Custom Operator precedence with same identifier


#1

With the code below, I would like to make the following things :

// ... create an group using the "and" keyword
new Lion() and new Dog() and new Cat()
// a group could contain also only one animal
// have a modify method that takes arbitrary number of modifier with a "and" keyword
new Lion() modify SomethingFun("HELLO") and SomethingFun("WORD") 
// understood as ( new Lion() ) modify ( SomethingFun("HELLO") and SomethingFun("WORD") )

Using implicit conversions described in the scala tour https://docs.scala-lang.org/tour/implicit-conversions.html and type inference ( for example , the PetModifiers of type Cat could not apply modification on Lion). Thanks for your help

trait Animal {
  var name: String
  def name(newString : String) { this.name = newString }
}

class Cat extends Animal {
  override var name: String = "Cat"
}

class Dog extends Animal {
  override var name: String = "Dog"
}

class Lion extends Animal {
  override var name: String = "Lion"
}

trait PetModifier[ApplyOn <: Animal] {
  def change(x: ApplyOn): Unit
}

case class SomethingFun(s: String) extends PetModifier[Animal] {
  override def change(x: Animal): Unit = {
    x.name(x + " " + s)
  }
}

class Group[P <: Animal](pets: Stream[P]) extends Iterable[P] {

  // operations : foreach / map / flatmap
  override def iterator = pets.iterator

  def and[B >: P <: Animal](element : B) = {
    new Group(
      Stream.consWrapper(pets).#::(element)
    )
  }
}

class Modifiers[+T](modifiers: => Stream[T]) {
  def and[B <: PetModifier[_]](mod: B) = {
    new Modifiers(
        Stream.consWrapper(modifiers).#::(mod)
    )
  }

  // a iterator to get access to element
  def iterator = modifiers.iterator
}

#2

Operator precedence in Scala is hardcoded: https://docs.scala-lang.org/tour/operators.html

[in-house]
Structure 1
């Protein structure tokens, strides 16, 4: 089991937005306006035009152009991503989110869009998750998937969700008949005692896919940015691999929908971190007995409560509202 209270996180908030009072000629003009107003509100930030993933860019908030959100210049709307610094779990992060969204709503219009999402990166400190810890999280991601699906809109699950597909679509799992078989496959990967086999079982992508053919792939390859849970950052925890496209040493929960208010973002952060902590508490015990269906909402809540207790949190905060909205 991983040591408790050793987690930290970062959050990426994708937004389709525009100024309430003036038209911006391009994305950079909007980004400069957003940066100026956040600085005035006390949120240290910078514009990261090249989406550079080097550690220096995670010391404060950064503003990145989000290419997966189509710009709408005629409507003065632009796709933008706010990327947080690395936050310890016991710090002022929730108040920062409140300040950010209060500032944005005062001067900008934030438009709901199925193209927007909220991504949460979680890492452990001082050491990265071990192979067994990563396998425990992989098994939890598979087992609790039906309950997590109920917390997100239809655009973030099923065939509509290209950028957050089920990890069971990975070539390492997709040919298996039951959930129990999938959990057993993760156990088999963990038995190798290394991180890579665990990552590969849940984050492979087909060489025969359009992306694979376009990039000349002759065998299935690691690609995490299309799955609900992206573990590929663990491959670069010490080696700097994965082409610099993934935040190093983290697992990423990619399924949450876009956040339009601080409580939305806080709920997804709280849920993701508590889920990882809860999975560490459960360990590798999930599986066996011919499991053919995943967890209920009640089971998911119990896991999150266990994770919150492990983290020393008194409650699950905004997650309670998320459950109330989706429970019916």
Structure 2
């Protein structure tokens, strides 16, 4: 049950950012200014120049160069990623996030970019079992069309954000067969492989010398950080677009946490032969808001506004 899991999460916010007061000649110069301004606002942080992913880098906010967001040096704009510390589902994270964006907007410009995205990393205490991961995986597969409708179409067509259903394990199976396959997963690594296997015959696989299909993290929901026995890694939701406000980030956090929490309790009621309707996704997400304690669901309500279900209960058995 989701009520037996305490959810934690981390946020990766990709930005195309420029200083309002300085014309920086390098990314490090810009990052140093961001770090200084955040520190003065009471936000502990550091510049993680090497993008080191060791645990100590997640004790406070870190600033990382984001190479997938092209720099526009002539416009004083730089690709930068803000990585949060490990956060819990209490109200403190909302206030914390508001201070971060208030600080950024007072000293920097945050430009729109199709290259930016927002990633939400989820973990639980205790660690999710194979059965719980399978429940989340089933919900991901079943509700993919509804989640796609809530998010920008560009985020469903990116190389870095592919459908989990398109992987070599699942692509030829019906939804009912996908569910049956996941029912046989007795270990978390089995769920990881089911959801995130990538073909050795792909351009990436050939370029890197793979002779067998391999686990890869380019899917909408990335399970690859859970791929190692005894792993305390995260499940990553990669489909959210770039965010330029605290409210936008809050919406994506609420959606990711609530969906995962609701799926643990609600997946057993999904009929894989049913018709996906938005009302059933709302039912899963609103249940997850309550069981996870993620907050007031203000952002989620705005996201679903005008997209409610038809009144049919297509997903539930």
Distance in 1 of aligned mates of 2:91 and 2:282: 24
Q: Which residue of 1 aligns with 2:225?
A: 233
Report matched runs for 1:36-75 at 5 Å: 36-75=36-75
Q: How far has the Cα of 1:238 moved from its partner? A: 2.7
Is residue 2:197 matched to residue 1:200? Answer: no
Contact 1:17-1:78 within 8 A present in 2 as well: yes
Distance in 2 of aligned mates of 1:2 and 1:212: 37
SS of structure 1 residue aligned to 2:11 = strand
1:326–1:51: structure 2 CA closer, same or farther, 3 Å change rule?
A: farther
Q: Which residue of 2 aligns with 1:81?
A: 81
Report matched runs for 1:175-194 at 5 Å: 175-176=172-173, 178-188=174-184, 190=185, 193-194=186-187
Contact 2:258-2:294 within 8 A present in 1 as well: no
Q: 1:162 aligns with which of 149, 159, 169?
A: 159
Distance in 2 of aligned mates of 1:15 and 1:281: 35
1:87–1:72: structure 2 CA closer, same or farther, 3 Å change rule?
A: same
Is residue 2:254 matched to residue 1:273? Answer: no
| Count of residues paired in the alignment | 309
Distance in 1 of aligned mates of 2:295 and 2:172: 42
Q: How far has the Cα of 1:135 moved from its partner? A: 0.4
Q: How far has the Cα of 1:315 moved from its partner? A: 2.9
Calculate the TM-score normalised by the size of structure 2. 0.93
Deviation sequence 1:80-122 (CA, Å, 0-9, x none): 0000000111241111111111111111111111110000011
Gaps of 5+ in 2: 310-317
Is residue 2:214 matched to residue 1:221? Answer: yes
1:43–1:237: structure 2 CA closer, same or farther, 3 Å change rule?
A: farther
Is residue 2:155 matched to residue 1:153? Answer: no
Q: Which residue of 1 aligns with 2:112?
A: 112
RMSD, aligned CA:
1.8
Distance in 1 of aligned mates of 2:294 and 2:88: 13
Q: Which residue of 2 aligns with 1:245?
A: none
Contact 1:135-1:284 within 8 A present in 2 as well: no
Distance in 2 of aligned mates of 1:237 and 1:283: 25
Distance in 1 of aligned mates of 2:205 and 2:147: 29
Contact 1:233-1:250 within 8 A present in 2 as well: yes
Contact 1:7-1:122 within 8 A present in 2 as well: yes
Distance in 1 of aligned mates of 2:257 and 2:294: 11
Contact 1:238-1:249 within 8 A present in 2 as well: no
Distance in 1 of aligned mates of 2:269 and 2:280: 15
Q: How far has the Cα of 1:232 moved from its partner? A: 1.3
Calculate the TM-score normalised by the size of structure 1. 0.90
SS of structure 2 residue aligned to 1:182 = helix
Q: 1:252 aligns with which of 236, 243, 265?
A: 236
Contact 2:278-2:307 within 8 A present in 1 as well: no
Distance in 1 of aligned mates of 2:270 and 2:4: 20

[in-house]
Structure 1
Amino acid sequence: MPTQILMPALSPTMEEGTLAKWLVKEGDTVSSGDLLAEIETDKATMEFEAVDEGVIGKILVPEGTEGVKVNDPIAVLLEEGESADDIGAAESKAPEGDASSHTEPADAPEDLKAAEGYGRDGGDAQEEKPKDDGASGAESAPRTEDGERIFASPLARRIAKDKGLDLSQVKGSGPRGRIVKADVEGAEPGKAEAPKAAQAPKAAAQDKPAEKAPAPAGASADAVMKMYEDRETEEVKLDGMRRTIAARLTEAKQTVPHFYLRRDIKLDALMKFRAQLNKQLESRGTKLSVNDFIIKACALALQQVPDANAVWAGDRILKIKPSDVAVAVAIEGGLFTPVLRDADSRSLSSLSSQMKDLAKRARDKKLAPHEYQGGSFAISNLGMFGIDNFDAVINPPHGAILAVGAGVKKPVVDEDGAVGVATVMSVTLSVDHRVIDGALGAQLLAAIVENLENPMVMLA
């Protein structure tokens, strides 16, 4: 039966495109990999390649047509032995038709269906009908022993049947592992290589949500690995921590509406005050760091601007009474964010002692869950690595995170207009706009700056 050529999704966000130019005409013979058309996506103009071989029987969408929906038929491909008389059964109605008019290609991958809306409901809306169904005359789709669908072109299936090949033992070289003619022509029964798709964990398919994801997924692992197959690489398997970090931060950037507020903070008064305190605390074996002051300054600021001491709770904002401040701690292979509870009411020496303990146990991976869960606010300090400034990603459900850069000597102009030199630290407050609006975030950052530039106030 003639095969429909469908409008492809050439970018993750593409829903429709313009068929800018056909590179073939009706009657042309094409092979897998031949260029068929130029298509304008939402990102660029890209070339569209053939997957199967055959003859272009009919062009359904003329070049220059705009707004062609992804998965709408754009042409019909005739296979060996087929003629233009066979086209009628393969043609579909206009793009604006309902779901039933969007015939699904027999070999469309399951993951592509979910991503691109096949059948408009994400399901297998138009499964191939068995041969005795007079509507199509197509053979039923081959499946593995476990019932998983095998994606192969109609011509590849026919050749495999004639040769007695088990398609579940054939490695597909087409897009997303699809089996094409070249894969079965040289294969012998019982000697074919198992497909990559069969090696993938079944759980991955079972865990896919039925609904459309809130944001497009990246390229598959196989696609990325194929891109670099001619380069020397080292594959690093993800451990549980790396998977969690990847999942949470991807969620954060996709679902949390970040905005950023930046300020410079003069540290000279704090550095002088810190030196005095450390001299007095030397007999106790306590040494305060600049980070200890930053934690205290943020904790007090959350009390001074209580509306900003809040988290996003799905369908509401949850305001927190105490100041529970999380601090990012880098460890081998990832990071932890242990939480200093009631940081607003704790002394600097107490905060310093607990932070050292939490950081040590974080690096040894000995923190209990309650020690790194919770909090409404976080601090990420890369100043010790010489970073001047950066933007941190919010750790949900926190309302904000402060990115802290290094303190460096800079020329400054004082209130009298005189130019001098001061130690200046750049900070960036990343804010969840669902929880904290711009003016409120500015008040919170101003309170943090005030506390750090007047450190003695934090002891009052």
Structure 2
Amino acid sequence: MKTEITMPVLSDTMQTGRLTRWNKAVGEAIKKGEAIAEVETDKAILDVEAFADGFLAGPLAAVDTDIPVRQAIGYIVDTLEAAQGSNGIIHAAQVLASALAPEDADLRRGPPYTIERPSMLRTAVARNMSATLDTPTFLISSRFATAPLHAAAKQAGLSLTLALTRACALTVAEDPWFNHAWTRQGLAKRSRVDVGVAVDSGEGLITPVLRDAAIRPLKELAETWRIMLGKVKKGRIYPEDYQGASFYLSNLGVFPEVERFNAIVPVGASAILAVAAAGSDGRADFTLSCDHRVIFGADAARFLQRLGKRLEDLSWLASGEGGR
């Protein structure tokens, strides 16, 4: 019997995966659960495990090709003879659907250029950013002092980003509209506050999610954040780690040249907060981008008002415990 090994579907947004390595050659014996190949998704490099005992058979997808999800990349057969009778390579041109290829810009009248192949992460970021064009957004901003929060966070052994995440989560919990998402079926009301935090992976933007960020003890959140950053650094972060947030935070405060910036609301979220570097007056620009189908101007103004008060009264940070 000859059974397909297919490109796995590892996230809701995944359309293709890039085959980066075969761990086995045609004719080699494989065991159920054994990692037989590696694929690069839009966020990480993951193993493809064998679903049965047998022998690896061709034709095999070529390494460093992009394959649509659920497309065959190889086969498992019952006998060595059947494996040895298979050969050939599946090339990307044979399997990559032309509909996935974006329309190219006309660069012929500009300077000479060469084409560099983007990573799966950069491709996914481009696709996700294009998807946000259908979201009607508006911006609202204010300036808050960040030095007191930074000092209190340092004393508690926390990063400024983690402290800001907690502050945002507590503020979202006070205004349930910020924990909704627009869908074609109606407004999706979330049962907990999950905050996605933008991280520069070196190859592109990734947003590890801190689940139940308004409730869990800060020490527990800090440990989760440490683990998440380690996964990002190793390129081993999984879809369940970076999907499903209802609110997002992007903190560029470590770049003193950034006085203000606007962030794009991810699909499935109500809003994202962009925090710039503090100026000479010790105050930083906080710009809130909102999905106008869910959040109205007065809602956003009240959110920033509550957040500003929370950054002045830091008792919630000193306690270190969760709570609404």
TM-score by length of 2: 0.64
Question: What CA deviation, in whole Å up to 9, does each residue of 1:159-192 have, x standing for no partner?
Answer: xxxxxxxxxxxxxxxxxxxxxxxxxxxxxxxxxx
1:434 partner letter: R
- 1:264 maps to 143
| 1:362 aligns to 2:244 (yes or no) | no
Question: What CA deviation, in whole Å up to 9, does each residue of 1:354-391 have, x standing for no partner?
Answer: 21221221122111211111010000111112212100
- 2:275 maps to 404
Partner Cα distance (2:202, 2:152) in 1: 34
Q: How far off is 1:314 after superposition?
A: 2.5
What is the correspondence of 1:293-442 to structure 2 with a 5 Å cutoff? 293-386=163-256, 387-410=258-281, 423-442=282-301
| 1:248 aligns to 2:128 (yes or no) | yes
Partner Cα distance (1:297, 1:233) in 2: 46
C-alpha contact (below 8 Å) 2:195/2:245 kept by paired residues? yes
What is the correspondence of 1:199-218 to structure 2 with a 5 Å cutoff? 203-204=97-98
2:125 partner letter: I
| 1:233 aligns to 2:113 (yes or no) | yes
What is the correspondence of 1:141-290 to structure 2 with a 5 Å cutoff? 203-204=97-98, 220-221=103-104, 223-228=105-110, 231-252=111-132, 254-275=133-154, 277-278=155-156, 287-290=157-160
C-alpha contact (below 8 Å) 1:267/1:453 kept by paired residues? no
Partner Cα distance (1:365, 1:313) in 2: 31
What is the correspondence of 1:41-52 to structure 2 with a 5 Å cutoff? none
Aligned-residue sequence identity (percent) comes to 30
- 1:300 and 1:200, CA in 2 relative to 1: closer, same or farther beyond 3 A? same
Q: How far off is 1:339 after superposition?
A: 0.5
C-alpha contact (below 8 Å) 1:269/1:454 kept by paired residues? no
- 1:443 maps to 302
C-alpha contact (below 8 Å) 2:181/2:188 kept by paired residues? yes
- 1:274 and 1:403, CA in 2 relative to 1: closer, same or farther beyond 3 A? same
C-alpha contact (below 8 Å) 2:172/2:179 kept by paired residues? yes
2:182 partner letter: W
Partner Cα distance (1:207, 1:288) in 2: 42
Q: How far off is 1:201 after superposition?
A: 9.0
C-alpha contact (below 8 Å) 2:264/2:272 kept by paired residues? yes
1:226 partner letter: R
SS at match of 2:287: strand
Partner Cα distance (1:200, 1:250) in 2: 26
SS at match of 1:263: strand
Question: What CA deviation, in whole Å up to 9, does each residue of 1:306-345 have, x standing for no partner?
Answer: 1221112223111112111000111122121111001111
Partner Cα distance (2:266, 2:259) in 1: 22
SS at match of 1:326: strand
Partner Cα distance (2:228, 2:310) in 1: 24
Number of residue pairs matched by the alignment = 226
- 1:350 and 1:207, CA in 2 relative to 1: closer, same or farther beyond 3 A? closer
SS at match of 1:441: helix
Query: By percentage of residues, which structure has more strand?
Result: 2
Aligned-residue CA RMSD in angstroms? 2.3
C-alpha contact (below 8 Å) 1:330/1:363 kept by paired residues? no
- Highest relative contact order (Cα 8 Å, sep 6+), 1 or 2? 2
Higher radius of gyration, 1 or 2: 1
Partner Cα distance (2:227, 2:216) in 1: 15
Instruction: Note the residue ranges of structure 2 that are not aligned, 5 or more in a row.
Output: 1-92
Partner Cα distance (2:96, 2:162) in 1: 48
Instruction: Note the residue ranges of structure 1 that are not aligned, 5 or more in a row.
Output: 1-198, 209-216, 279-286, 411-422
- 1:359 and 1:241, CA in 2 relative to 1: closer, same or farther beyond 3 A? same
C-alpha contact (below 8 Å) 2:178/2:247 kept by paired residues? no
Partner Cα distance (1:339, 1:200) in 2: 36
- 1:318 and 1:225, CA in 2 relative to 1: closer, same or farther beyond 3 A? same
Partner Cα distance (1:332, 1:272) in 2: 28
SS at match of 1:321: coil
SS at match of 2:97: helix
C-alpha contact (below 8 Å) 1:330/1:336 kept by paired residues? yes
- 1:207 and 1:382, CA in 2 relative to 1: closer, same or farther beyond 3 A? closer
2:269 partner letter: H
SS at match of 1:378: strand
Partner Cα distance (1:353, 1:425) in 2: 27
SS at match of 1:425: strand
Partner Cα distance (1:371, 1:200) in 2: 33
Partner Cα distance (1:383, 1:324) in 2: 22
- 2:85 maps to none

When an expression uses multiple operators, the operators are evaluated based on the priority of the first character

If you want to have precedence rules for you operators then you need to prefix them with appropriate letter, e.g:

def /_and
def +_modify

That would look ugly, though.

Typically, in Scala you use some sort of fluent interface if you really want to avoid parentheses in your DSL (domain specific language). Trying too hard to make smart DSL would probably lead to very complex fluent interfaces and therefore to compilation error messages that are hard to understand by users.

For inspiration about making DSLs I would go to http://www.scalatest.org/ It has plenty of English-like syntax with infix notation, but sometimes requires parentheses.


#3

I know this DSL is hard to understand but I must first implement for the TA it before making nice things :frowning: I wonder how to do it without chaning the sample code ( the first code block )


#4

also asked at https://stackoverflow.com/questions/55663511/scala-custom-operator-precedence-with-same-identifier